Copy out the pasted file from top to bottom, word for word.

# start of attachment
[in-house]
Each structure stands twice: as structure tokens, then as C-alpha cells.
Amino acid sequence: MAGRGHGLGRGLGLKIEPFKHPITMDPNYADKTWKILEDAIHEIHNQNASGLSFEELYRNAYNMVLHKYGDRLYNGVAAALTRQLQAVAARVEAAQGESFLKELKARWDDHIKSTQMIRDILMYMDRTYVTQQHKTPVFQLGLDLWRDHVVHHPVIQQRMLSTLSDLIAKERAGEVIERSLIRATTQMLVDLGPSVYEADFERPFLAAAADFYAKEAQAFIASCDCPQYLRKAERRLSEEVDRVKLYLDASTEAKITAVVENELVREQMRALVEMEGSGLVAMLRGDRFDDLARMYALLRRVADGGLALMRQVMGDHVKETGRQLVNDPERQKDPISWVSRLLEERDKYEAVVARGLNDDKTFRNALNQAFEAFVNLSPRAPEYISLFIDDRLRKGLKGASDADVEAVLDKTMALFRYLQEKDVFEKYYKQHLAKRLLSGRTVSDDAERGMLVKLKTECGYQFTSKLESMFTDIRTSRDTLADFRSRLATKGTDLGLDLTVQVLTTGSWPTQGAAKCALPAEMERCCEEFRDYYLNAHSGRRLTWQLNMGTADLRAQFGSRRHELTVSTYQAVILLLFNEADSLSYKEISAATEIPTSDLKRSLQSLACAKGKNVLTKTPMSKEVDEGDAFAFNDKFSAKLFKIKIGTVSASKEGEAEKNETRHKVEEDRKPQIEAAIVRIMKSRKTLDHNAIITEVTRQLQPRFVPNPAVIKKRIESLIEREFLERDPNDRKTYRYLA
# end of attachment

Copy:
[in-house]
Each structure stands twice: as structure tokens, then as C-alpha cells.
Amino acid sequence: MAGRGHGLGRGLGLKIEPFKHPITMDPNYADKTWKILEDAIHEIHNQNASGLSFEELYRNAYNMVLHKYGDRLYNGVAAALTRQLQAVAARVEAAQGESFLKELKARWDDHIKSTQMIRDILMYMDRTYVTQQHKTPVFQLGLDLWRDHVVHHPVIQQRMLSTLSDLIAKERAGEVIERSLIRATTQMLVDLGPSVYEADFERPFLAAAADFYAKEAQAFIASCDCPQYLRKAERRLSEEVDRVKLYLDASTEAKITAVVENELVREQMRALVEMEGSGLVAMLRGDRFDDLARMYALLRRVADGGLALMRQVMGDHVKETGRQLVNDPERQKDPISWVSRLLEERDKYEAVVARGLNDDKTFRNALNQAFEAFVNLSPRAPEYISLFIDDRLRKGLKGASDADVEAVLDKTMALFRYLQEKDVFEKYYKQHLAKRLLSGRTVSDDAERGMLVKLKTECGYQFTSKLESMFTDIRTSRDTLADFRSRLATKGTDLGLDLTVQVLTTGSWPTQGAAKCALPAEMERCCEEFRDYYLNAHSGRRLTWQLNMGTADLRAQFGSRRHELTVSTYQAVILLLFNEADSLSYKEISAATEIPTSDLKRSLQSLACAKGKNVLTKTPMSKEVDEGDAFAFNDKFSAKLFKIKIGTVSASKEGEAEKNETRHKVEEDRKPQIEAAIVRIMKSRKTLDHNAIITEVTRQLQPRFVPNPAVIKKRIESLIEREFLERDPNDRKTYRYLA